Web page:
Our Impact in 2017

Journalist Practice Change

We relaunched our website, solutionsjournalism.org, in late August. This soup-to-nuts re-think included the debut of Learning Lab (see Curriculum section), the revamped Solutions Story Tracker®, and an overhaul of the Hub — not to mention significant improvements to the basic infrastructure of the site. We hosted the Solutions Journalism Summit, the first big gathering of some of our most dedicated followers. And we rolled out our Cohort Curriculum in six communities around the country (and one abroad).

Membership of the Hub (journalist-only member network) reached 1,077 by the end of 2017. When we relaunched our website, we killed off our old Hub membership list, with the intention of re-focusing our community on journalists only. Of our new members, 42% say they’ve been trained by SJN, either in person or online. And roughly 9% have stories in the Tracker, a much higher rate than before the relaunch. These are both positive indicators; our opportunity now is to build on that base of engaged members to deepen affiliation and advance practice change.

The Solutions Journalism Summit, held in November, brought together 89 journalists and j-school professors from around the country (and a few from abroad) seeking connections, support, and celebration. The feedback was extraordinarily positive: 97% said the summit enabled them to meet peers with whom they otherwise would not have connected; and 97% also said they gained new insights and understandings they will incorporate into their work.

In the eight months since the summit, there have been more than 100 anecdotes by around 75% of summit attendees doing something related to solutions journalism, from publishing stories and research
studies, to raising tens of thousands of dollars for dedicated solutions coverage and winning state and national journalism prizes for solutions series. They’ve helped us create a research plan and guide to reporting short SoJo pieces and SoJo on video. We’ve featured their work in Twitter chats and Facebook lives, and they’ve featured each other’s work in podcasts and live events. They have shifted the lens by which they are approaching writing editorials, and have become evangelists for us. They’ve taken selfies with each other in at least four different states in three different countries. We are convinced that the summit drove deeper engagement with the solutions approach and forged connections that have enabled journalists and journalism educators to learn from each other.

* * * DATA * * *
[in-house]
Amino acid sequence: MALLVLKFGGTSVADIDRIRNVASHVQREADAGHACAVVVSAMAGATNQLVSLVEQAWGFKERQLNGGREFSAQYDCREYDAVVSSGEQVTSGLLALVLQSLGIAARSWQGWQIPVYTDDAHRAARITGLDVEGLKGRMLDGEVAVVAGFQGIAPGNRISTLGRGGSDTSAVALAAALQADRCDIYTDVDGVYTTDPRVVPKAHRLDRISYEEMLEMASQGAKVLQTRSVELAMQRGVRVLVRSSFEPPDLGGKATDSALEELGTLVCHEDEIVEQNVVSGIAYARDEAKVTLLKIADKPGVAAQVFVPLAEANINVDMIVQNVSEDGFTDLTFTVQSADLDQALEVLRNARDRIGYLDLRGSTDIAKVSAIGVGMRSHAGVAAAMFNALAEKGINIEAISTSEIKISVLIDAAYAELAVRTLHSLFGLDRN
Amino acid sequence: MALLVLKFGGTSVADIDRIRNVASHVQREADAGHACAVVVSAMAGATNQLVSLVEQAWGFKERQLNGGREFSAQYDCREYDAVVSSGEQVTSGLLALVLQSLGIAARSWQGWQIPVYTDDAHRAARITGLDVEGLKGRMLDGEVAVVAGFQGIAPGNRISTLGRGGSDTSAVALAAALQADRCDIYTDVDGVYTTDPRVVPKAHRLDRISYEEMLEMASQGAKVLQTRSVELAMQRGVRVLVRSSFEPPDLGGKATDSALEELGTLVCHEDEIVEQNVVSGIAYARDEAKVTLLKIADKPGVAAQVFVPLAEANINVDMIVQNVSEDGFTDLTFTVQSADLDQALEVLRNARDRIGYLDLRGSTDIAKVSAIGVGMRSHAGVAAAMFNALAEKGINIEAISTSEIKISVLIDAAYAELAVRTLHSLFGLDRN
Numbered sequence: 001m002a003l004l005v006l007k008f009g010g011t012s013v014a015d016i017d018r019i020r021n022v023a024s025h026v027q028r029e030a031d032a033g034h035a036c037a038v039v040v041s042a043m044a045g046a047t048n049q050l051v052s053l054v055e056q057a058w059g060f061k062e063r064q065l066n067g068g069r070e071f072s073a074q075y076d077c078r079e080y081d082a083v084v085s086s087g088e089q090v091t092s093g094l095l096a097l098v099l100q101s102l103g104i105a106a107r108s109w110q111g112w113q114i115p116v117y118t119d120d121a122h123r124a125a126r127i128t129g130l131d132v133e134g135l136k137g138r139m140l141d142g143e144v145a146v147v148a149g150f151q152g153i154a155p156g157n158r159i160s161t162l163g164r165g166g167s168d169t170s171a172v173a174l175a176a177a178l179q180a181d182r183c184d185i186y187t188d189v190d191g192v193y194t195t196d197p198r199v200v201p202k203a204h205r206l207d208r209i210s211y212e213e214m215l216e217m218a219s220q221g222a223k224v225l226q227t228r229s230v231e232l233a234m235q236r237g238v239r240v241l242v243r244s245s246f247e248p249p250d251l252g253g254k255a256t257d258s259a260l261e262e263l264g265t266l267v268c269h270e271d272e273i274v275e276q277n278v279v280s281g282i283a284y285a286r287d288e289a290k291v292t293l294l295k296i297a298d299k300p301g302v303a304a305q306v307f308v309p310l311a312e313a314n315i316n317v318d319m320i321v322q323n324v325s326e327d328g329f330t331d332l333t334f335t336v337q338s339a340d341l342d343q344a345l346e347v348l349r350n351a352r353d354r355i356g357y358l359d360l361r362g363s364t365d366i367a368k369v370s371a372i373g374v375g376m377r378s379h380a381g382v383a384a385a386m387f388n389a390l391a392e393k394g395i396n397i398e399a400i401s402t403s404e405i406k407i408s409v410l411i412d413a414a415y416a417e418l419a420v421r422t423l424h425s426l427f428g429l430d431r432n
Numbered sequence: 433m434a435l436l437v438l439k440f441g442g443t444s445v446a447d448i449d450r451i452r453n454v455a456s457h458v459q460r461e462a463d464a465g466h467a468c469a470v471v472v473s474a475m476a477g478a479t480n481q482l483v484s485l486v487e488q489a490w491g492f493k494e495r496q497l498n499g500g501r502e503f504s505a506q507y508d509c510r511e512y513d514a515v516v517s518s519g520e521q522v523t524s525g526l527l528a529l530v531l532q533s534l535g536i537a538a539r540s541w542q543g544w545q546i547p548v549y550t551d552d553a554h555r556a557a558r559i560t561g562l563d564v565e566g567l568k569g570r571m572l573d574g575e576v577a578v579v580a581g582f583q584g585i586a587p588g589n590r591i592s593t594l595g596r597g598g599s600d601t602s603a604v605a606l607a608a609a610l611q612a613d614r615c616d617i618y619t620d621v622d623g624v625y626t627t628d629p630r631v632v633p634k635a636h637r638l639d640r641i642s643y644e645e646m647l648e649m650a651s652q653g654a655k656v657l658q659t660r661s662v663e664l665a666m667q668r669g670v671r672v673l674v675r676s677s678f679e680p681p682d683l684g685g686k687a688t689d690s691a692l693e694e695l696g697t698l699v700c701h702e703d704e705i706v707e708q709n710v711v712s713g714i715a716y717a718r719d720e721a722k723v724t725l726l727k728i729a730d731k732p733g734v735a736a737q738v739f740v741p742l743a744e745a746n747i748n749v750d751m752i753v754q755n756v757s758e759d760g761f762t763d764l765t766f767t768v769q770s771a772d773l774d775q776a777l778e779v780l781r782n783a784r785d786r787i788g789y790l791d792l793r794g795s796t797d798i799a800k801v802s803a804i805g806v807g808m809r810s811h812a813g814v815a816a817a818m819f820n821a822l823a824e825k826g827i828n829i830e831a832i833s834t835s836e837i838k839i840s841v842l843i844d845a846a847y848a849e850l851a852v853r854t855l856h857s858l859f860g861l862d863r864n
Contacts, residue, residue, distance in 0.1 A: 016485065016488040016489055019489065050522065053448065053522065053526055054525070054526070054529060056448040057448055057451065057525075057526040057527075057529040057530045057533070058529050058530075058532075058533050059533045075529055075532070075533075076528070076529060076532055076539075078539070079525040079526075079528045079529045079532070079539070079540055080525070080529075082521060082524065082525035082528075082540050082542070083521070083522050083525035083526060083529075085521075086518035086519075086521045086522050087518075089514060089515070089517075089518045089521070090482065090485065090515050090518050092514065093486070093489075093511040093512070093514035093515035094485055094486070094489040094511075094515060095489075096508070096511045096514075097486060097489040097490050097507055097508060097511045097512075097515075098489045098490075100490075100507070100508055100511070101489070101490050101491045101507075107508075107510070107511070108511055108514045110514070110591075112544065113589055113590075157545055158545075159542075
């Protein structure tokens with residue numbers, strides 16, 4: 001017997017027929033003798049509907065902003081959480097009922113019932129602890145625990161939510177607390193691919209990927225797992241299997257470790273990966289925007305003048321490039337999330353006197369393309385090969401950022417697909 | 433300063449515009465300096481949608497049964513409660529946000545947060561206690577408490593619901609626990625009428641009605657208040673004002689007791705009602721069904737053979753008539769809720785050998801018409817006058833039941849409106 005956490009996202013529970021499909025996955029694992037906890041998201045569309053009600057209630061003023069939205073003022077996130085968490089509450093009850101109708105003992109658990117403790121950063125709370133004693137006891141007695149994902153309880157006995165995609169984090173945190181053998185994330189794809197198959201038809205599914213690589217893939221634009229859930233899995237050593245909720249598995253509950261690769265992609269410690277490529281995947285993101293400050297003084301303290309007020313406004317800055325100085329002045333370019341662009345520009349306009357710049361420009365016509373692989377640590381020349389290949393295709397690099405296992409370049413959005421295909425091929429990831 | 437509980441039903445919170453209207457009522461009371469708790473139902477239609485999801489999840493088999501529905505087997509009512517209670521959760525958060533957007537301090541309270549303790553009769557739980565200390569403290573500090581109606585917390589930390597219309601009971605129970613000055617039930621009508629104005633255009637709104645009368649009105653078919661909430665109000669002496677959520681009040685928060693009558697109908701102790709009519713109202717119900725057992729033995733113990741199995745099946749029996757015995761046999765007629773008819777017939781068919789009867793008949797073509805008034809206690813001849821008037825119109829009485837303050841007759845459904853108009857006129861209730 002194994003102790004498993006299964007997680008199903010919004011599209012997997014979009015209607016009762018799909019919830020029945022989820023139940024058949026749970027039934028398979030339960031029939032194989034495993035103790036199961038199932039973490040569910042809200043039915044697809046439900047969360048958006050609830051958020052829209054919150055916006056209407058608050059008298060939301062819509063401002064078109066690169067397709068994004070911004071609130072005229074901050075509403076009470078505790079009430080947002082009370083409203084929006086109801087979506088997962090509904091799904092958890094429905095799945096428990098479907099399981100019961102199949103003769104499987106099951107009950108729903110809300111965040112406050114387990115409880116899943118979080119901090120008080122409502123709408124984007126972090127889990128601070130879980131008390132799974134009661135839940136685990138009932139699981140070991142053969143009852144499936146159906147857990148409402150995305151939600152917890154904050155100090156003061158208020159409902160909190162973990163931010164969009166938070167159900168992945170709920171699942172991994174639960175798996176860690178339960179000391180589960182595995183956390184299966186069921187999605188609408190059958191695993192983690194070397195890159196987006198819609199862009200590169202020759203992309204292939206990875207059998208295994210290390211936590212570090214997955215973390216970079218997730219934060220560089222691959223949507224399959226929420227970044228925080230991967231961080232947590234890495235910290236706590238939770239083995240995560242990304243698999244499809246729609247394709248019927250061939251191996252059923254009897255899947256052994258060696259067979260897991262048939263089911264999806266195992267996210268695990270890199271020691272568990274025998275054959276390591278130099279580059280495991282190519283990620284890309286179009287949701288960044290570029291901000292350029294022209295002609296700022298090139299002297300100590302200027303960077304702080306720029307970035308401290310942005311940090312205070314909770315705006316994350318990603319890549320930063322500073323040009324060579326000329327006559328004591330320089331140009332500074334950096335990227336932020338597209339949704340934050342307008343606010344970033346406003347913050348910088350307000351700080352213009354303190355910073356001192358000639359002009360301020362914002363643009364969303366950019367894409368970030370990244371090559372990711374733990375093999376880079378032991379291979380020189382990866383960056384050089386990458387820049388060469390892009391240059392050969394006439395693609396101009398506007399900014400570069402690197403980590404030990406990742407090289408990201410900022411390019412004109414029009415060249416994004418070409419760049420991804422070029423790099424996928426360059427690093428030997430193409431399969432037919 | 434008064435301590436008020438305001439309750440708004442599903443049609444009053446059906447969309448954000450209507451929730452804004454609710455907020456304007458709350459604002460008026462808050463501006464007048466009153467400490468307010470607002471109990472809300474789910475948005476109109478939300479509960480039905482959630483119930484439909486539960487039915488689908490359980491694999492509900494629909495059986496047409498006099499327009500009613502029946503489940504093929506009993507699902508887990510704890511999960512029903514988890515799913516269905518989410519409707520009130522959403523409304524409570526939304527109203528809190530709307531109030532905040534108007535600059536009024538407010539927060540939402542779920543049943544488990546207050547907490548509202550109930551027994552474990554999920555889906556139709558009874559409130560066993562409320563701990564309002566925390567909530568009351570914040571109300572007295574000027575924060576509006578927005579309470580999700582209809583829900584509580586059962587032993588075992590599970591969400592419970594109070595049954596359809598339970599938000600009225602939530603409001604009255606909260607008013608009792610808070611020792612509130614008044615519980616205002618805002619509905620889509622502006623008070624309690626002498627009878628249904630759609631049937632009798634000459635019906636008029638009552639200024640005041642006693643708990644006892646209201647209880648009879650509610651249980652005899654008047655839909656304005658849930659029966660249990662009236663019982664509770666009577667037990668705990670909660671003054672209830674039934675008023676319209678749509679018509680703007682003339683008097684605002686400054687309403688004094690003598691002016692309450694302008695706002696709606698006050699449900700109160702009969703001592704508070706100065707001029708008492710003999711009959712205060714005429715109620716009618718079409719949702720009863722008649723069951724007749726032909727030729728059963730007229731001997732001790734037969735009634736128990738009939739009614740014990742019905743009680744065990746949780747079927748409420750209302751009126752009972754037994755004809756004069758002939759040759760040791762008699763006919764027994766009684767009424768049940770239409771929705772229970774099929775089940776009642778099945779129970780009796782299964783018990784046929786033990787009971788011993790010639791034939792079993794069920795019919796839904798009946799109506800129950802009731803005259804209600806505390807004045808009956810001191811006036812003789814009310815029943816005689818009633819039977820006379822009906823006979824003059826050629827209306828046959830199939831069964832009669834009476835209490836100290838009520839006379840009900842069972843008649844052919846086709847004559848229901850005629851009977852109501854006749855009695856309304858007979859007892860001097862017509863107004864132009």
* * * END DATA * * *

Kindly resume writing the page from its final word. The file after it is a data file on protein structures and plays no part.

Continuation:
We rolled out a volunteer-led community strategy fully in the fall after a test run with the Portland community last March. We started communities in Seattle, Los Angeles, Washington D.C., and Paris, launching cohort curriculum event series in those and three other cities—the Bay Area, Portland, and New York City. Since July, we have trained 96 people in eight in-person workshops. Additionally, we have trained 194 people in five webinars, a 30% increase in participation from the previous six months.

The 14 journalists we supported as Freelance Fund grantees have published, without hassles or delays, in some of the best publications in the world. Stories have appeared in The New York Times “Fixes” column (Greg Scruggs, our Seattle coordinator, on wildfire protection in Oregon), The New York Times (Natalie Schachar on Mexico’s seismic network, days after the Mexico City earthquake in the fall), The Guardian (former NYT photographer Fred Conrad on drug courts in Appalachia), Grist (Pulitzer-Prize winner Elizabeth McGowan reporting on a Buffalo suburb rebuilding a post-coal economy), and Next City (Johnny Magdaleno on San Antonio’s fight for preservation of certain districts within the city). McGowan’s story, which made NY Times columnist David Leonhardt’s list of the year’s top stories from local/regional publications, induced Grist’s editors to produce an entire series on the topic.

Our work with journalism schools expanded; we continue to see these institutions as a highly leveraged investment in seeding future capacity. Fourteen universities have embedded solutions journalism in course curricula—including Virginia Commonwealth University; Northeastern Illinois University; and the Universities of Nebraska and Florida—five of those via a module and six with an entire semester-long course. The University of Toronto’s Munk School is close to making a four-week solutions module a fixture in its Global Affairs Fellowship in Global Journalism. Texas State University is planning a solutions journalism concentration.


1,077 Hub members.

7 local communities.

1,314 Facebook group members.

44% increase in Twitter followers, to 11,485

14 journalism schools teaching solutions journalism


The Freelance Fund travel grant program has been successful in very different ways than we had expected. We’ve heard anecdotally that this is one of the best things we offer, and that no other organization is offering microgrants in this way — story-based, not a big administrative lift to apply for and enough money to make it worth the effort, and (of course) solutions-oriented.

Where We’reHeaded in 2018

New community launches further afield, including our first community in Africa. With our support, the University of Oregon’s Catalyst Project will launch a “boot camp” for j-school professors from across the country in July 2018. "The Catalyst Journalism Project: Investigation + Solutions for Oregon’s Future” is an initiative designed to produce an academic solutions journalism “hub,” including the capacity to train faculty at other schools to bring the solutions lens into their classrooms.